Twenty years ago today — December 2, 1990 — the Space Shuttle Columbia launched from the Kennedy Space Center carrying seven astronauts and a space observatory.
STS-35 astronauts Vance D. Brand, Guy S. Gardner, Jeffrey A. Hoffman, John M. “Mike” Lounge, Robert A. R. Parker, Samuel T. Durrance and Ronald A. Parise surveyed the sky in the ultraviolet and x-ray frequencies using the ASTRO-1 observatory.
ASTRO-1 combined the Hopkins Ultraviolet Telescope, Wisconsin Ultraviolet Photo-Polarimeter Experiment, Ultraviolet Imaging Telescope, and Broad Band X-Ray Telescope into a single observatory. Between problems with the data display units used to point and operate the instruments, and bad weather at the primary landing site that cut the mission short, only about 70% of the planned observations took place.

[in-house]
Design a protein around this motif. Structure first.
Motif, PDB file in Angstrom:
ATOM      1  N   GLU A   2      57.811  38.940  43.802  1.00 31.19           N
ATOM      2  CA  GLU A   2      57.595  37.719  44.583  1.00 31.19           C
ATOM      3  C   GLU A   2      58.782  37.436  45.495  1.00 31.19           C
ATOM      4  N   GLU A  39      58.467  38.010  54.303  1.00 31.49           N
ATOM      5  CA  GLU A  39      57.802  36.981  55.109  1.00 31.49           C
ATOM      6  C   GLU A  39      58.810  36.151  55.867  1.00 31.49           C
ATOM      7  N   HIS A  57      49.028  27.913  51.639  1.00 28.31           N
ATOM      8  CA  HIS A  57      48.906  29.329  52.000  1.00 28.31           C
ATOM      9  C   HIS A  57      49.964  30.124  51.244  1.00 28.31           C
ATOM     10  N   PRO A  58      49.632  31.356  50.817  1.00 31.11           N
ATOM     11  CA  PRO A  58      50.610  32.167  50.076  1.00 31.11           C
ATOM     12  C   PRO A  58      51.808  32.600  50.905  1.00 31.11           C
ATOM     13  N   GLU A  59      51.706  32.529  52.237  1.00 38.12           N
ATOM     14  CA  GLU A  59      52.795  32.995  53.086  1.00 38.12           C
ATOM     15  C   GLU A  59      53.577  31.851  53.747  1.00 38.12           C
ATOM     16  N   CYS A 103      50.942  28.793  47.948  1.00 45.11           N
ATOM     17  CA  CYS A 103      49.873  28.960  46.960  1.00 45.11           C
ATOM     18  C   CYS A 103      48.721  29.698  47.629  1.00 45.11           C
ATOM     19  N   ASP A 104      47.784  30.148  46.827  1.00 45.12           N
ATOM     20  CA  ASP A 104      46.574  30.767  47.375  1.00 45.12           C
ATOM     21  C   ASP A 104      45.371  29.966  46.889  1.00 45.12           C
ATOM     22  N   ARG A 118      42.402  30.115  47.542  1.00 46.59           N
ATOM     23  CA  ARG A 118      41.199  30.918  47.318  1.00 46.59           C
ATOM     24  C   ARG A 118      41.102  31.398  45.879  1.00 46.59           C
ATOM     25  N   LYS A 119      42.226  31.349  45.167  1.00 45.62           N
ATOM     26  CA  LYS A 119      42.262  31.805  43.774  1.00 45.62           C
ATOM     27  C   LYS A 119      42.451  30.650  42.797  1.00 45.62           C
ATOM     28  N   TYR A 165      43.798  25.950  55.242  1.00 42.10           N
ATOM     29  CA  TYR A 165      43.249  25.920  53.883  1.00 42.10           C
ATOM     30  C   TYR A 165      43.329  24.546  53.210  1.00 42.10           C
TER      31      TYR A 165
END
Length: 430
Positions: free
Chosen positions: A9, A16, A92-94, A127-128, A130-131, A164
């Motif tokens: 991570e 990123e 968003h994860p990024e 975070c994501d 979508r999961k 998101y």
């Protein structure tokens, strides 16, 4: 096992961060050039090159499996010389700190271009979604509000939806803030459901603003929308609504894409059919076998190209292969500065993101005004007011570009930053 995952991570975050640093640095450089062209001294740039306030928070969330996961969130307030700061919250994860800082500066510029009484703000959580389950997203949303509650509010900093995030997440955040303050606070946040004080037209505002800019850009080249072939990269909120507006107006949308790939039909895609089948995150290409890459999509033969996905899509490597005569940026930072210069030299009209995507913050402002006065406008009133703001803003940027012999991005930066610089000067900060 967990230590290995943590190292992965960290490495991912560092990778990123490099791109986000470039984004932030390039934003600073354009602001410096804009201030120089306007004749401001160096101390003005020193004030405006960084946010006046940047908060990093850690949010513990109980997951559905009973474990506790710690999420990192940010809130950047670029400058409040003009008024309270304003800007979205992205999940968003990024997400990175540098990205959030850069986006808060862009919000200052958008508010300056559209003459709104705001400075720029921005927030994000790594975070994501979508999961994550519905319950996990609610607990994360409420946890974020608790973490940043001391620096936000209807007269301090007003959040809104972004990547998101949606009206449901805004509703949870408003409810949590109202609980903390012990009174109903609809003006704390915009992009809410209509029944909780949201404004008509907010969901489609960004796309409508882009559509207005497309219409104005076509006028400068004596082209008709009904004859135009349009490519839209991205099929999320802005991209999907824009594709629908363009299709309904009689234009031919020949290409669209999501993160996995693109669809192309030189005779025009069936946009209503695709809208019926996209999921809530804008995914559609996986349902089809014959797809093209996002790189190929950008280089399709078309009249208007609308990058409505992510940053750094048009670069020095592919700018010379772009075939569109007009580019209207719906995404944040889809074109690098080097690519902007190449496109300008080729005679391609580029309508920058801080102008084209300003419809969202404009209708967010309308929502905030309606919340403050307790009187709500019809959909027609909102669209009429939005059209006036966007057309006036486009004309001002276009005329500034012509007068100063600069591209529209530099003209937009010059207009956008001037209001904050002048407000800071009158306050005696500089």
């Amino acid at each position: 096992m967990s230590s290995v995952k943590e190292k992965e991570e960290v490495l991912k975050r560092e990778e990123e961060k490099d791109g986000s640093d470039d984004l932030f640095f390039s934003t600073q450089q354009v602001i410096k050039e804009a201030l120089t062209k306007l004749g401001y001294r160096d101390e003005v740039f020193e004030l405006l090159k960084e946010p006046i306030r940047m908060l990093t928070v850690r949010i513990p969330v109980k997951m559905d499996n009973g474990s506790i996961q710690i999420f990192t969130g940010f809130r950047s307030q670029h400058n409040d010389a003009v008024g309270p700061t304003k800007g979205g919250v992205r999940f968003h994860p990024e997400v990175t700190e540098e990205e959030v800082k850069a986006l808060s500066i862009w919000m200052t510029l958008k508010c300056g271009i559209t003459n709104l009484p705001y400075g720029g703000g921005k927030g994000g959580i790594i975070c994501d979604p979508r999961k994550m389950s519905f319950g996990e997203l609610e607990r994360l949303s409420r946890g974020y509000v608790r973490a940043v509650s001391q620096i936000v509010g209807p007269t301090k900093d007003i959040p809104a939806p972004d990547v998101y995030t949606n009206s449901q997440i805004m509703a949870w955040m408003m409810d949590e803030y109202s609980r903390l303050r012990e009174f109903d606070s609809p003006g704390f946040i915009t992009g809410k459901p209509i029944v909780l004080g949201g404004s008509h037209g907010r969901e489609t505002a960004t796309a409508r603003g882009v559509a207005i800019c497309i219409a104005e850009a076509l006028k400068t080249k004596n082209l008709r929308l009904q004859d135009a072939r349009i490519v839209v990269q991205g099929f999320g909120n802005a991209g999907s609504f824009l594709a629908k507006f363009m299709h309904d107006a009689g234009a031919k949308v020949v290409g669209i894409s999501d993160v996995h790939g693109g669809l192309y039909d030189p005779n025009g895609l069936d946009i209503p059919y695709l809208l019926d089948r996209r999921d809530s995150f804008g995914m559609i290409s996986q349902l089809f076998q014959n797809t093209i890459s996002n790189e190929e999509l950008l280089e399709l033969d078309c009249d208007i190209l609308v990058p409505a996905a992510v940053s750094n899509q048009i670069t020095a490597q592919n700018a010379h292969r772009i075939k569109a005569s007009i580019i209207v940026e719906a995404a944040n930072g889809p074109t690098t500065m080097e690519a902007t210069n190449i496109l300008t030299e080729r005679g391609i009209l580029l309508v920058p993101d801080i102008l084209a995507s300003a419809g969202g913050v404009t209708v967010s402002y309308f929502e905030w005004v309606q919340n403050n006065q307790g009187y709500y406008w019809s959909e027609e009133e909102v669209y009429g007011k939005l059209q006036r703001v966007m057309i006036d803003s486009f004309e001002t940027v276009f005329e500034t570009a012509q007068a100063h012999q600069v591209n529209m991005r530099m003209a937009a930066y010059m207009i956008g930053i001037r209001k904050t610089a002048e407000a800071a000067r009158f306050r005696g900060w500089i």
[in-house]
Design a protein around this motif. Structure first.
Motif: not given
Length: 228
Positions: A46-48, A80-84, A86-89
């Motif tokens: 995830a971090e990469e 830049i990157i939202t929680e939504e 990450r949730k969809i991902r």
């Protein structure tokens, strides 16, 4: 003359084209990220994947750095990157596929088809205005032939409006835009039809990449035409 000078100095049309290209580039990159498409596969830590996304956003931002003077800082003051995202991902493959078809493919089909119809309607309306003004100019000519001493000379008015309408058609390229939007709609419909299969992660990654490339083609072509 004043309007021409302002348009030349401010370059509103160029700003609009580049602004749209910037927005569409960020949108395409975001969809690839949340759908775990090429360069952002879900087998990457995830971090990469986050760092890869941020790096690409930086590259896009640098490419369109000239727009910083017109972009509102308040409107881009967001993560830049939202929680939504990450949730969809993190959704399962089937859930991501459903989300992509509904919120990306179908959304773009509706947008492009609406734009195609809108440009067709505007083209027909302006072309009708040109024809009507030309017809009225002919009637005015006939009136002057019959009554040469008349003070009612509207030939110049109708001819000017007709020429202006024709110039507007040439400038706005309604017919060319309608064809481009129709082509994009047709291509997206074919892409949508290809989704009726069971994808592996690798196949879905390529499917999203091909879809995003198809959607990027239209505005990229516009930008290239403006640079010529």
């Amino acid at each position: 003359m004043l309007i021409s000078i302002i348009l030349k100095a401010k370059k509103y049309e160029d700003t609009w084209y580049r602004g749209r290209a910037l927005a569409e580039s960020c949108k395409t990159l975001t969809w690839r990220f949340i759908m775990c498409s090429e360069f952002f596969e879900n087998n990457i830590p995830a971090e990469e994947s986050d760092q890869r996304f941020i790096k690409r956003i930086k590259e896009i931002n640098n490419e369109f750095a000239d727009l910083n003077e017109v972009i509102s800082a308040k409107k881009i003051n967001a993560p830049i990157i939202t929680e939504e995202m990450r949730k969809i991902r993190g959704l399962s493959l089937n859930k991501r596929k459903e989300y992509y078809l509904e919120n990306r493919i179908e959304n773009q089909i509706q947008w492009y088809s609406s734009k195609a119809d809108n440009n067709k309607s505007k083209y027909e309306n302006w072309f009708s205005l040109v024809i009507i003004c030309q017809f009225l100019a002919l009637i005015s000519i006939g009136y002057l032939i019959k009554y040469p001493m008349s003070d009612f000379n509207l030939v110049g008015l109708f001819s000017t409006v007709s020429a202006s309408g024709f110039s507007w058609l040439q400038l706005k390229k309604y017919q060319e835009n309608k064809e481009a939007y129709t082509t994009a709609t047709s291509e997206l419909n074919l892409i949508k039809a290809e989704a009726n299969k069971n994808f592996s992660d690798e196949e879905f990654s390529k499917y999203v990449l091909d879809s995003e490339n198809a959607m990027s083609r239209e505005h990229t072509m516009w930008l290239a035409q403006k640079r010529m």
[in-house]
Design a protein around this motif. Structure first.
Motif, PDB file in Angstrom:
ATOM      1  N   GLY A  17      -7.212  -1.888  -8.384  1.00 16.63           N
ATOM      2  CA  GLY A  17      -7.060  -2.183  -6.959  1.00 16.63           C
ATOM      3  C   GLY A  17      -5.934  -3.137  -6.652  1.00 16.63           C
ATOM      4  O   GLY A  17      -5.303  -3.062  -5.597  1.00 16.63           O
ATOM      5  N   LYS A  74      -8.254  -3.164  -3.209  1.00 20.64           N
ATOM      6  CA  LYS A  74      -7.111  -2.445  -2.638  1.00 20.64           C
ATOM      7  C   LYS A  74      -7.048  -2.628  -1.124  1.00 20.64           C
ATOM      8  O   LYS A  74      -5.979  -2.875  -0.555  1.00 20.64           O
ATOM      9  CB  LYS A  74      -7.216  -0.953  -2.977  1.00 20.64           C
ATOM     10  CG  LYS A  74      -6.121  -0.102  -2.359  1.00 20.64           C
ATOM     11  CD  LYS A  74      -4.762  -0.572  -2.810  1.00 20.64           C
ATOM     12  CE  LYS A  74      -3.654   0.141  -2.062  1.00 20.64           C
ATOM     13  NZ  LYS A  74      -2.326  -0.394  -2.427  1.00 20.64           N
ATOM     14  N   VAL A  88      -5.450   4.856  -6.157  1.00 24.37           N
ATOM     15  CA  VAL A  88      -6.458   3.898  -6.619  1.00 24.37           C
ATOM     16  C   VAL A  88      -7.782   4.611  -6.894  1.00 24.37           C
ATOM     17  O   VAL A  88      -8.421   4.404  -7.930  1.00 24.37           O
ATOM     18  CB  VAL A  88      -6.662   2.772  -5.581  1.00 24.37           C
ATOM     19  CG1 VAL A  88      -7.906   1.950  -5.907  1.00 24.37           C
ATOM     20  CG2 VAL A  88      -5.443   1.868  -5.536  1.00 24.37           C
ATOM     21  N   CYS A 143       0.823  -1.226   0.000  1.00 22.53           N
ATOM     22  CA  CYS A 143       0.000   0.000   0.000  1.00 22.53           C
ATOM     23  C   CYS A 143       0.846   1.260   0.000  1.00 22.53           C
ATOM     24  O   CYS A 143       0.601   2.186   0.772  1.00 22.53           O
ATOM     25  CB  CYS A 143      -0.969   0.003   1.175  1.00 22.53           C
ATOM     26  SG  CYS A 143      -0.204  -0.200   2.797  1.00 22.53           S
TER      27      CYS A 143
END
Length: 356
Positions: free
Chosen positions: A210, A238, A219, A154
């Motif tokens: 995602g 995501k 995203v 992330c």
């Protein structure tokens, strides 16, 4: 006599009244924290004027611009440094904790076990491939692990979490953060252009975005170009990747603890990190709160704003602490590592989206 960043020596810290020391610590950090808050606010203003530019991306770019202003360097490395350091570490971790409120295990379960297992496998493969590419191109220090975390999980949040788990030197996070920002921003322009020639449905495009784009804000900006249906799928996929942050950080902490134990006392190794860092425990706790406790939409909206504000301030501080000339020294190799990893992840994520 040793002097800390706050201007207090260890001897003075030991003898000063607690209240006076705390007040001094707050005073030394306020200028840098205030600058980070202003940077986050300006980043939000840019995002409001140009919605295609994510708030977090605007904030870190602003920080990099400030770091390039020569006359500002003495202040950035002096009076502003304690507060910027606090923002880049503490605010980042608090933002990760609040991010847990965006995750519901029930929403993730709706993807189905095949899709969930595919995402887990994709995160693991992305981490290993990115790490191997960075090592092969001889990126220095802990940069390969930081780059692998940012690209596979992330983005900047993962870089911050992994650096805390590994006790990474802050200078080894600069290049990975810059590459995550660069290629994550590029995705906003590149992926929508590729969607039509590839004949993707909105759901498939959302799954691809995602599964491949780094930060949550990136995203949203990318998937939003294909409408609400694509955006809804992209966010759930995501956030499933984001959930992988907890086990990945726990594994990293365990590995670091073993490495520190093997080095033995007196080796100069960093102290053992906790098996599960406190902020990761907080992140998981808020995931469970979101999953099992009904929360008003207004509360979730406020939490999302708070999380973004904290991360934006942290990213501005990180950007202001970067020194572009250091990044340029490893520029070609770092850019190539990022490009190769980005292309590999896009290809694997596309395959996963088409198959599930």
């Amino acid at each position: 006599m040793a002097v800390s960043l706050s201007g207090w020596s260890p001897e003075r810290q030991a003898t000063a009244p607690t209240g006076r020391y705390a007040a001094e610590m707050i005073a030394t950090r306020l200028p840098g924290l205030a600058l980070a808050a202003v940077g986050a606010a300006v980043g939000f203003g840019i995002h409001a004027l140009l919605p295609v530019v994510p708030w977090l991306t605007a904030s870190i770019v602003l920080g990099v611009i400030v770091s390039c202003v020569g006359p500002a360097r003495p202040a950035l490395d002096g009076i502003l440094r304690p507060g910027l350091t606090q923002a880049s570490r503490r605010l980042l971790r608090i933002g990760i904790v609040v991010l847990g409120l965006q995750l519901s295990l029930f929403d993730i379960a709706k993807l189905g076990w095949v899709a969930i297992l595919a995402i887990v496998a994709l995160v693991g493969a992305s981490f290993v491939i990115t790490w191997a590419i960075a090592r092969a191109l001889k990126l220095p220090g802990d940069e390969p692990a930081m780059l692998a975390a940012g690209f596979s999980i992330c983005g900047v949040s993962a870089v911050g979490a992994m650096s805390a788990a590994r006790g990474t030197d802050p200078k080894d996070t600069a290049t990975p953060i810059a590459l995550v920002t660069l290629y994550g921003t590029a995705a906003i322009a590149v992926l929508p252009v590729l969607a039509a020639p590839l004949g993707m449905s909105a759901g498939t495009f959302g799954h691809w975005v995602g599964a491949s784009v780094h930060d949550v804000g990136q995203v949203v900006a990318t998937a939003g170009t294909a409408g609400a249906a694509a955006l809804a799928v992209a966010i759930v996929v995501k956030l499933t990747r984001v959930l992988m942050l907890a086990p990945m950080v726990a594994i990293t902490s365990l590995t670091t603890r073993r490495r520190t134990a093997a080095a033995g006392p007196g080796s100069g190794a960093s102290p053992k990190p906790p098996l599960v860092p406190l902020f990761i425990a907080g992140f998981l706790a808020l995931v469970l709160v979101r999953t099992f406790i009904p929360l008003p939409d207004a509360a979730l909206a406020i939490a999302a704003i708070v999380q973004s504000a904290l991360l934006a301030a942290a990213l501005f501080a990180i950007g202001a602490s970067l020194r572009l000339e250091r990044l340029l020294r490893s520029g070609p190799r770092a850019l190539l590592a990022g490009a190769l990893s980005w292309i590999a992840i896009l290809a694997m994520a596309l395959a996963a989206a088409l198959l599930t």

And then 5 years later, on this date in 1995, another observatory was launched: the Solar and Heliospheric Observatory (SOHO) flew from Cape Canaveral Air Station atop an Atlas-IIAS launch vehicle. SOHO consisted of twelve different instruments — three from the U.S. and nine from Europe — that have produced stunning images of the Sun and the solar corona, like the one below, over the last 15 years.
(SOHO close-up image of a large solar prominence, taken with the 304A filter on 07/01/02, with Earth superimposed for scale. NASA image.)